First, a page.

Posted 29 March 2011 - 11:00 AM
Your guess is as good as mine, but I imagine that breakfast habits evolved around some conjunction of available ingredients, and fashion.
If I have much more than coffee for breakfast, all I can do afterwards is take a long and unrefreshing nap.
I grew up in Italy (where the popular breakfast in cities is still coffee and a croissant), and that might explain it, if it weren't for the fact that we moved back to the US before my parents even permitted me to drink coffee, and I was routinely required to force a bowl's worth of granola into my still-sleeping stomach before heading off to school each morning.
The Italians I know who are health conscious (which is, to some extent, fashion) may swap their croissant for a yogurt/fruit, perhaps even some muesli.
I had several German boyfriends, most of whom were old enough to feel that the only breakfast robust enough to get one going had to involve at least one species of sausage, a cereal (muesli in the summer, oatmeal in the winter), much bread, much coffee, juice of some sort, a pastry or two to fill up any remaining gaps, and, at weekends, perhaps a glass of beer. When I feebly asked whether this programme was usual, I was assured that this was the city version. The farmer's version typically took place several hours earlier, and was much more substantial. That was as much information as I was able to extract regarding the history of traditonal German breakfasts (visiting a friend in Berlin, however, I was relieved to find that she regarded such spreads as old-fashioned, and stuck to a coffee and a croissant).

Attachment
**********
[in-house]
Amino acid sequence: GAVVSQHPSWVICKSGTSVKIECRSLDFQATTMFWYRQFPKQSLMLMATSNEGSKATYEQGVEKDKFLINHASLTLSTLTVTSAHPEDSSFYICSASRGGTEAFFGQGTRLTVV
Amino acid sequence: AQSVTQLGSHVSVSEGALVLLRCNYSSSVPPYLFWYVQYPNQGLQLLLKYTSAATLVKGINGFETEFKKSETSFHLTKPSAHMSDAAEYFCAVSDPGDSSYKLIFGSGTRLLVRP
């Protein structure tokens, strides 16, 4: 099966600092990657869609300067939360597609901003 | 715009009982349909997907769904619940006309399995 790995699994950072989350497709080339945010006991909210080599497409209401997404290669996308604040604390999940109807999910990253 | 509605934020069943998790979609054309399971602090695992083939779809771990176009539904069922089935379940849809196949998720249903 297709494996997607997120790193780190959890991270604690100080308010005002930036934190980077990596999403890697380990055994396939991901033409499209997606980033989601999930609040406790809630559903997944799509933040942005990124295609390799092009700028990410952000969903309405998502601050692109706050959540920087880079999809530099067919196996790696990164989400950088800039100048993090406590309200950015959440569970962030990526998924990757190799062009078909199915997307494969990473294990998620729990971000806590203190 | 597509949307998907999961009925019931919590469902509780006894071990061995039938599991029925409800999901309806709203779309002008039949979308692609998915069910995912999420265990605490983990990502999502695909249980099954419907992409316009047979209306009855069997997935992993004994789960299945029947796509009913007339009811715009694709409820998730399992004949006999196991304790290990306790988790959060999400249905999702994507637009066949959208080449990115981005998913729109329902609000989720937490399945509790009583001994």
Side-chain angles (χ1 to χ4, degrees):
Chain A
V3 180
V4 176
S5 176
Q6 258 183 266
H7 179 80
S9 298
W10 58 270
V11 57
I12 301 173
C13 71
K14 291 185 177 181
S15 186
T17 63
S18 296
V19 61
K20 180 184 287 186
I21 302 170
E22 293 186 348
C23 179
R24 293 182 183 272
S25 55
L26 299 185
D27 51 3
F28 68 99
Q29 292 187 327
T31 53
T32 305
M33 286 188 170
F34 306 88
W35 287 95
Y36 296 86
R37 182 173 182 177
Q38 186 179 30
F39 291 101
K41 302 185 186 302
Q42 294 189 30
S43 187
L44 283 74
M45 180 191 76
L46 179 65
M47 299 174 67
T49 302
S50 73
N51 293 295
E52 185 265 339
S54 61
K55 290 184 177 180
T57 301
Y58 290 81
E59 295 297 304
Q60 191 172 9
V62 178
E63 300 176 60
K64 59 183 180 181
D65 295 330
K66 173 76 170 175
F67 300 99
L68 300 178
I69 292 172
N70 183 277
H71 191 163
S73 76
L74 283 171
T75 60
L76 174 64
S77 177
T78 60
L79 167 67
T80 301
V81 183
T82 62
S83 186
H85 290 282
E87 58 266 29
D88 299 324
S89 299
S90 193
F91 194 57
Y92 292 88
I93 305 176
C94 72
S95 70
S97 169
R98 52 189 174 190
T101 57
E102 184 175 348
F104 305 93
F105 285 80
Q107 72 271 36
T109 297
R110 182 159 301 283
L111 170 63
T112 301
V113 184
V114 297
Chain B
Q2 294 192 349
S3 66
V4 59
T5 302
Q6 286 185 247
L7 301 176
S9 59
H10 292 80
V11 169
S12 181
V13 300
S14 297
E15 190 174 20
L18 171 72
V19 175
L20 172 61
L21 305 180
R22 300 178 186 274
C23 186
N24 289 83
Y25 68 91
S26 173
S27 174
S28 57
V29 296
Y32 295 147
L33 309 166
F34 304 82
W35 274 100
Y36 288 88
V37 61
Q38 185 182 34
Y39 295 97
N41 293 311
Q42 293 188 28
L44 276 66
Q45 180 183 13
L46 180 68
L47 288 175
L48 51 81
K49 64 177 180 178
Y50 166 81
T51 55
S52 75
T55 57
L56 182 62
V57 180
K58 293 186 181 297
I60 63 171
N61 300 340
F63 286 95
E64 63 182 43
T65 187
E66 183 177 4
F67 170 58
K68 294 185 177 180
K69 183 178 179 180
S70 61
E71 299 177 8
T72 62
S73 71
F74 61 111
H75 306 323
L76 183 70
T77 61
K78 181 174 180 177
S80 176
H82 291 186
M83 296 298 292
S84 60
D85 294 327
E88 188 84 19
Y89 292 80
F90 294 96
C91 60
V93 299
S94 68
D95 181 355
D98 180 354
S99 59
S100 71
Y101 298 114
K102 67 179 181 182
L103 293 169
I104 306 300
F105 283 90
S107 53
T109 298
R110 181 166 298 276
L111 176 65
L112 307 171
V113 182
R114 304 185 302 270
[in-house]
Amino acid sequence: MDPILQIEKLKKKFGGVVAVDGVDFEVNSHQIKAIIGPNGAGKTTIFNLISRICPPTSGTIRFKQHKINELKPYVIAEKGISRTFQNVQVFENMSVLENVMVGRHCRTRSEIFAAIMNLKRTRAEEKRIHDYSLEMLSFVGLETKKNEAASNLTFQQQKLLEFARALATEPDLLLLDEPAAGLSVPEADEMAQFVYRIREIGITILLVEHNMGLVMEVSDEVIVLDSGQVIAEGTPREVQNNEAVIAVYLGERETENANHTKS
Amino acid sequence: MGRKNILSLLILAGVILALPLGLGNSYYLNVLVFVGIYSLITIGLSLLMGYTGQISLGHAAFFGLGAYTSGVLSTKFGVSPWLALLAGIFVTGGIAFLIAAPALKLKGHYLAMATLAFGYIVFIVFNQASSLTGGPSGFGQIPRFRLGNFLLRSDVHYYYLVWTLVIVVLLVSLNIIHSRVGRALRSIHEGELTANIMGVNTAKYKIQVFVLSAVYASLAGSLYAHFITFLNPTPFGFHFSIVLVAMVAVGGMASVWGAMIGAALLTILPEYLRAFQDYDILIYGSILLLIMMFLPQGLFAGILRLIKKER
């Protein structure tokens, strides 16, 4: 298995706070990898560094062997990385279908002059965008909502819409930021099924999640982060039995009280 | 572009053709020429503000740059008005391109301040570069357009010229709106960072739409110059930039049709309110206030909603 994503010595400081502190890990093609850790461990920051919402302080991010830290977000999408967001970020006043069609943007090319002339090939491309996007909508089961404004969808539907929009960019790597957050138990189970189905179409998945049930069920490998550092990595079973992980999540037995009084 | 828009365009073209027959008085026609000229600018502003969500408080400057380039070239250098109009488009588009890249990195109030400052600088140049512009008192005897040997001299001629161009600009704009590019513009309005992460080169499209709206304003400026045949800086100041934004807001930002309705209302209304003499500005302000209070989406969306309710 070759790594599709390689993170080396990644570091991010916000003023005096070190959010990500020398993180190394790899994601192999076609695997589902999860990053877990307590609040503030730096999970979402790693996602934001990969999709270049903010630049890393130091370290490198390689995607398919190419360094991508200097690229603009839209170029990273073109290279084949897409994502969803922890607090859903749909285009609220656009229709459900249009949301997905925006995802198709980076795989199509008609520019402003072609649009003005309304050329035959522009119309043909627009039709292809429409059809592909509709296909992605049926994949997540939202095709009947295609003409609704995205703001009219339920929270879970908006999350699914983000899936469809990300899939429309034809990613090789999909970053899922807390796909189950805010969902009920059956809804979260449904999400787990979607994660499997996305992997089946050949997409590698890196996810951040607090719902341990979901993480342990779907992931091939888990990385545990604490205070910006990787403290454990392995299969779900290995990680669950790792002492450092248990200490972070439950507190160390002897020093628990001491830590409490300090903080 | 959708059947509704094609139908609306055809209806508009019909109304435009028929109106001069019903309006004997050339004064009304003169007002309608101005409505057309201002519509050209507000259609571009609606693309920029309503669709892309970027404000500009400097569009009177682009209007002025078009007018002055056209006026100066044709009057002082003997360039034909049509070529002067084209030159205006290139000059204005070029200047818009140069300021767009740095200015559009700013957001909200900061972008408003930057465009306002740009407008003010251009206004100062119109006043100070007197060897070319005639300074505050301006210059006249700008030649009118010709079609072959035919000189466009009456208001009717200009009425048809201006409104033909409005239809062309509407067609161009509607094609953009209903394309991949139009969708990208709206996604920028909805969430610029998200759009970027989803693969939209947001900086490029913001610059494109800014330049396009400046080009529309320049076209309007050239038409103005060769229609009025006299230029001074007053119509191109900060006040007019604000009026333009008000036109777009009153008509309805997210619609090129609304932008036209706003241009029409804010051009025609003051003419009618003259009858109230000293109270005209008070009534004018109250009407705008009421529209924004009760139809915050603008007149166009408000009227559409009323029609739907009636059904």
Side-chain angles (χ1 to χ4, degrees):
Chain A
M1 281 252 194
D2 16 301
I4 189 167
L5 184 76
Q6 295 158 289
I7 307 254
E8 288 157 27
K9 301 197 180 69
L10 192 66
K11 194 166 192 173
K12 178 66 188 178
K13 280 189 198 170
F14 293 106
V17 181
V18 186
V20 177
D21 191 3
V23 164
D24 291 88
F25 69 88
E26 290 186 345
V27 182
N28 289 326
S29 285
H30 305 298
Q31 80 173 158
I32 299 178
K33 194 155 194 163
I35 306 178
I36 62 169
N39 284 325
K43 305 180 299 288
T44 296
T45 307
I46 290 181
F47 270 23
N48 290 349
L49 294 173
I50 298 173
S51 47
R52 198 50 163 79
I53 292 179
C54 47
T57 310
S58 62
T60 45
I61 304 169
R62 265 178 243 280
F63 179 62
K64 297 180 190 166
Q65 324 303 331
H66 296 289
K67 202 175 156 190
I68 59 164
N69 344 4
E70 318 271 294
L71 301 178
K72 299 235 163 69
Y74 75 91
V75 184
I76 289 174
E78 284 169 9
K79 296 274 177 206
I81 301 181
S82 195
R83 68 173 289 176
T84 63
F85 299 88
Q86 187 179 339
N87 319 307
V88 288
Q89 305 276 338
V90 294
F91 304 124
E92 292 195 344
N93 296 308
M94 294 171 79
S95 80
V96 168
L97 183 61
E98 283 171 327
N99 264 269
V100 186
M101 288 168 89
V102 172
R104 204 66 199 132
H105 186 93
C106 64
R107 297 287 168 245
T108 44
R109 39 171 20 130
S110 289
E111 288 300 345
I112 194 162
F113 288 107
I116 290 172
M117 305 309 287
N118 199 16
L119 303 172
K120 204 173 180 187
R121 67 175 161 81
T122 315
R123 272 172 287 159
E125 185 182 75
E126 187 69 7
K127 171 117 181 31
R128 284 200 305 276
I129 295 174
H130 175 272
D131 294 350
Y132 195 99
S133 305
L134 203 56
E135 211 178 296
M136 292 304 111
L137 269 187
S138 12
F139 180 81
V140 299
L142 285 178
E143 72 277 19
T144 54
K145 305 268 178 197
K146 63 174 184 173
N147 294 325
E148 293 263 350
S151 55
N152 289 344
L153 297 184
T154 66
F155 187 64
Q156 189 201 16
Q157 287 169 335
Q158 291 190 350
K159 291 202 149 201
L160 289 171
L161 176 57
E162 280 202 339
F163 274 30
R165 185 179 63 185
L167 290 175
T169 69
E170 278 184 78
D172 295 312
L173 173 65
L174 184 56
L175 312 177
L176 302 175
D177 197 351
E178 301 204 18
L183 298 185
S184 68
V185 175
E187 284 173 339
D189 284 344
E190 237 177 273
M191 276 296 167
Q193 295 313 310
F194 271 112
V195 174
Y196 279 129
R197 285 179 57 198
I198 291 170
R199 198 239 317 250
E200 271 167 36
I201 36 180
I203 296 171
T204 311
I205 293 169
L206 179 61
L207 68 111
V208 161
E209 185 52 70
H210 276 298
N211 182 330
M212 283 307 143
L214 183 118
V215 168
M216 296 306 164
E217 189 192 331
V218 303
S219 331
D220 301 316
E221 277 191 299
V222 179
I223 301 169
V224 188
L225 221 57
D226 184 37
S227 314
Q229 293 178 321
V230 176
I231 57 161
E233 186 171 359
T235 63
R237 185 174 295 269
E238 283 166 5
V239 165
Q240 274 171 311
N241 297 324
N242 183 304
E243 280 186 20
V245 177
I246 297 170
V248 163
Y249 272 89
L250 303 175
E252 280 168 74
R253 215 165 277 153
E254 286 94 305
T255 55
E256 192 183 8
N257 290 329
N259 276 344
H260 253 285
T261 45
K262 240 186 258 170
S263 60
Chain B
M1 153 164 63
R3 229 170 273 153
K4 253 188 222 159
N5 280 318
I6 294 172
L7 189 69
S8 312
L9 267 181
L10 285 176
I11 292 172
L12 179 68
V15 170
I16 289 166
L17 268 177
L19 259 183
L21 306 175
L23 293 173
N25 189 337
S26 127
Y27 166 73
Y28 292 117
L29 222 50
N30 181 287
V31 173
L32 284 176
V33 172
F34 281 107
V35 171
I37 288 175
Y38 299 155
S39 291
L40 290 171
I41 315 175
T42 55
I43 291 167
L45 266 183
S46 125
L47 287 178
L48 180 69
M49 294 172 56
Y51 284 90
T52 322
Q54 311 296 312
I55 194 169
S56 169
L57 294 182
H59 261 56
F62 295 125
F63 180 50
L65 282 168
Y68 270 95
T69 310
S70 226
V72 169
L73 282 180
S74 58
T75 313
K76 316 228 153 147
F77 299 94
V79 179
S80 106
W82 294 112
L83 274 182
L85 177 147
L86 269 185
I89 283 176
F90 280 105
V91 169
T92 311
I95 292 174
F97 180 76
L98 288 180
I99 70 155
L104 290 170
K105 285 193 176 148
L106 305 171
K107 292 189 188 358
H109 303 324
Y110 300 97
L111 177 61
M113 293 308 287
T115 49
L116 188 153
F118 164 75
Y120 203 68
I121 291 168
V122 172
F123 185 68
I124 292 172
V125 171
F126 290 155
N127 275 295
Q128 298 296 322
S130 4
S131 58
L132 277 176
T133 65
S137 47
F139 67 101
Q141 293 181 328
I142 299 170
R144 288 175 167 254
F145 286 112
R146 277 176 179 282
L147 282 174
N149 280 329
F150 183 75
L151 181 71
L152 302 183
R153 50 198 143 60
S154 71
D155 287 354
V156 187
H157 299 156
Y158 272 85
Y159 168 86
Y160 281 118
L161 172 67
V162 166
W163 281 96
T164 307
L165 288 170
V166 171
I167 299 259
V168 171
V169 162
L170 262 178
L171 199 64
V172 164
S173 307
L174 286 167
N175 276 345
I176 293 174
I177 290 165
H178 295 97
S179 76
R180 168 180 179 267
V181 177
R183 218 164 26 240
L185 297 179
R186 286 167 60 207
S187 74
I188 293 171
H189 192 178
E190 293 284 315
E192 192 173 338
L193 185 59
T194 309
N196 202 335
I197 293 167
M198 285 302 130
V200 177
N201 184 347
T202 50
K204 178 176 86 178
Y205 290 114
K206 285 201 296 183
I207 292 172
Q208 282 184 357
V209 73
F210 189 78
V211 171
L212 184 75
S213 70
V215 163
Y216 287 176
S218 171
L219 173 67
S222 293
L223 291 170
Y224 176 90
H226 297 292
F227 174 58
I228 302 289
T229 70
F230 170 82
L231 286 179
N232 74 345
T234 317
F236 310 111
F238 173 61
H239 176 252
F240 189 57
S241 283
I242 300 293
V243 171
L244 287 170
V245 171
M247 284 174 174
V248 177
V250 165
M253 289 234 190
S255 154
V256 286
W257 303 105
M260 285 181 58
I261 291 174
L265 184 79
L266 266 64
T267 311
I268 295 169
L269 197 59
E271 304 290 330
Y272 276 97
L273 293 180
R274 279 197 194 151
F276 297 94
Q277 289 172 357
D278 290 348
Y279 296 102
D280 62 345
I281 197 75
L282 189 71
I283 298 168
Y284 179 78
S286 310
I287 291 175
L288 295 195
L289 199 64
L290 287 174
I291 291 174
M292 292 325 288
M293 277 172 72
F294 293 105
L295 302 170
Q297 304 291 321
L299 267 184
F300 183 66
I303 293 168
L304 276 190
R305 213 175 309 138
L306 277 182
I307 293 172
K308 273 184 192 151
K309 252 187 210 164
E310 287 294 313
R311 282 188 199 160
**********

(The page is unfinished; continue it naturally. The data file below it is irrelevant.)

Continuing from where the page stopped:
In Denmark, old-school is similar to the traditional German breakfast (again, availability), modern is something by Kellogs, usually (fashion).
The willingness (or lack of it) to breakfast differently than usual probably varies a good deal from person to person (and perhaps how much of a morning person he or she is). Although the people I know (all of whom are at least partly Westernized) seem to go for something fairly close to their accustomed breakfasts when travelling, I don't recall ever seeing any of them minding very much about the absence of a particular breakfast food.
Perhaps certain cultures set more store than others on the importance of breakfast?